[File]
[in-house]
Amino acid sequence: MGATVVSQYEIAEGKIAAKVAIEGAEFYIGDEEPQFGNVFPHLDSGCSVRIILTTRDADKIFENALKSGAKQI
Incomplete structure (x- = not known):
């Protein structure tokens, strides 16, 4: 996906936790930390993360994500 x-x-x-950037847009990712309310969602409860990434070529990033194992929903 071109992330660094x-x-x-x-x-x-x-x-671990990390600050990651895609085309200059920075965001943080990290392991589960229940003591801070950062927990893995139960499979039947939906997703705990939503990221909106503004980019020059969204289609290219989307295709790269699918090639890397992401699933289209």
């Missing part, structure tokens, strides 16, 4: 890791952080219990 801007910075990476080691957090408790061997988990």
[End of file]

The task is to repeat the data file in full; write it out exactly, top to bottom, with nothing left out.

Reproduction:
[in-house]
Amino acid sequence: MGATVVSQYEIAEGKIAAKVAIEGAEFYIGDEEPQFGNVFPHLDSGCSVRIILTTRDADKIFENALKSGAKQI
Incomplete structure (x- = not known):
């Protein structure tokens, strides 16, 4: 996906936790930390993360994500 x-x-x-950037847009990712309310969602409860990434070529990033194992929903 071109992330660094x-x-x-x-x-x-x-x-671990990390600050990651895609085309200059920075965001943080990290392991589960229940003591801070950062927990893995139960499979039947939906997703705990939503990221909106503004980019020059969204289609290219989307295709790269699918090639890397992401699933289209």
């Missing part, structure tokens, strides 16, 4: 890791952080219990 801007910075990476080691957090408790061997988990």